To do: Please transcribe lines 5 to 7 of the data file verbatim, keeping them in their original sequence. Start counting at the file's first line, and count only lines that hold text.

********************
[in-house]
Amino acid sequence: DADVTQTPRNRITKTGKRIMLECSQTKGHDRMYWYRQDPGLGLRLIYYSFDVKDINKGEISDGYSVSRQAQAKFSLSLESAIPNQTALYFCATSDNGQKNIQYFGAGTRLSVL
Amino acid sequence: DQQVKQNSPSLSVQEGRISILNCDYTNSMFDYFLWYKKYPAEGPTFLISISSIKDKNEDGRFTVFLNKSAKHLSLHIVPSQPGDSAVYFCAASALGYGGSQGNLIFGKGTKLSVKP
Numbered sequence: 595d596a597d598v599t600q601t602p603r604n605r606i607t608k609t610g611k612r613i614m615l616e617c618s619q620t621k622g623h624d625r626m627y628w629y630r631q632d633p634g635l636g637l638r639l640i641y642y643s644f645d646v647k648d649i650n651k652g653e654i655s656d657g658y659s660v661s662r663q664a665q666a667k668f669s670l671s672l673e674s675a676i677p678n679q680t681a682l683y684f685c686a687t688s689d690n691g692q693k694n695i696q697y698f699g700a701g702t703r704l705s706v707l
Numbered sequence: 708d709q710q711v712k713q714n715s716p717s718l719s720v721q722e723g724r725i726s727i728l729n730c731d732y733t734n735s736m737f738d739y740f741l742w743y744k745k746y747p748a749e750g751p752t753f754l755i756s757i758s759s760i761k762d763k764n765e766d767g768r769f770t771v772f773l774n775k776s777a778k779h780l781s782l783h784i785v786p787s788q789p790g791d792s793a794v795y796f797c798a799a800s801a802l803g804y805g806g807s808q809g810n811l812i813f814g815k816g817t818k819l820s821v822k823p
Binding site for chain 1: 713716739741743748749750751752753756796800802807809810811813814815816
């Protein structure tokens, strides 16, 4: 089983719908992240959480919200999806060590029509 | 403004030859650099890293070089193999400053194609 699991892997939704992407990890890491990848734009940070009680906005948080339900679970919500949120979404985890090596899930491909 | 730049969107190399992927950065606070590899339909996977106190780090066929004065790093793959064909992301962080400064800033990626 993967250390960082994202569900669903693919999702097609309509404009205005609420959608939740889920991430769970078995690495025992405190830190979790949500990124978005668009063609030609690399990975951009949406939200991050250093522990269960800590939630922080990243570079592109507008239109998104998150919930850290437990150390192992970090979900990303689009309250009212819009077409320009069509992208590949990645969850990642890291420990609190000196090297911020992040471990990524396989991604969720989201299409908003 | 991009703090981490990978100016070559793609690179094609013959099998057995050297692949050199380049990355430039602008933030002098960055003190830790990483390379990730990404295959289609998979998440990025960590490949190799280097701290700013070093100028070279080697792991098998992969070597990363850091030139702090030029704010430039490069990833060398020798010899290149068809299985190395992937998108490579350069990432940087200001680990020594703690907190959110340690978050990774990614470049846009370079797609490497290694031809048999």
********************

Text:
Numbered sequence: 708d709q710q711v712k713q714n715s716p717s718l719s720v721q722e723g724r725i726s727i728l729n730c731d732y733t734n735s736m737f738d739y740f741l742w743y744k745k746y747p748a749e750g751p752t753f754l755i756s757i758s759s760i761k762d763k764n765e766d767g768r769f770t771v772f773l774n775k776s777a778k779h780l781s782l783h784i785v786p787s788q789p790g791d792s793a794v795y796f797c798a799a800s801a802l803g804y805g806g807s808q809g810n811l812i813f814g815k816g817t818k819l820s821v822k823p
Binding site for chain 1: 713716739741743748749750751752753756796800802807809810811813814815816
């Protein structure tokens, strides 16, 4: 089983719908992240959480919200999806060590029509 | 403004030859650099890293070089193999400053194609 699991892997939704992407990890890491990848734009940070009680906005948080339900679970919500949120979404985890090596899930491909 | 730049969107190399992927950065606070590899339909996977106190780090066929004065790093793959064909992301962080400064800033990626 993967250390960082994202569900669903693919999702097609309509404009205005609420959608939740889920991430769970078995690495025992405190830190979790949500990124978005668009063609030609690399990975951009949406939200991050250093522990269960800590939630922080990243570079592109507008239109998104998150919930850290437990150390192992970090979900990303689009309250009212819009077409320009069509992208590949990645969850990642890291420990609190000196090297911020992040471990990524396989991604969720989201299409908003 | 991009703090981490990978100016070559793609690179094609013959099998057995050297692949050199380049990355430039602008933030002098960055003190830790990483390379990730990404295959289609998979998440990025960590490949190799280097701290700013070093100028070279080697792991098998992969070597990363850091030139702090030029704010430039490069990833060398020798010899290149068809299985190395992937998108490579350069990432940087200001680990020594703690907190959110340690978050990774990614470049846009370079797609490497290694031809048999």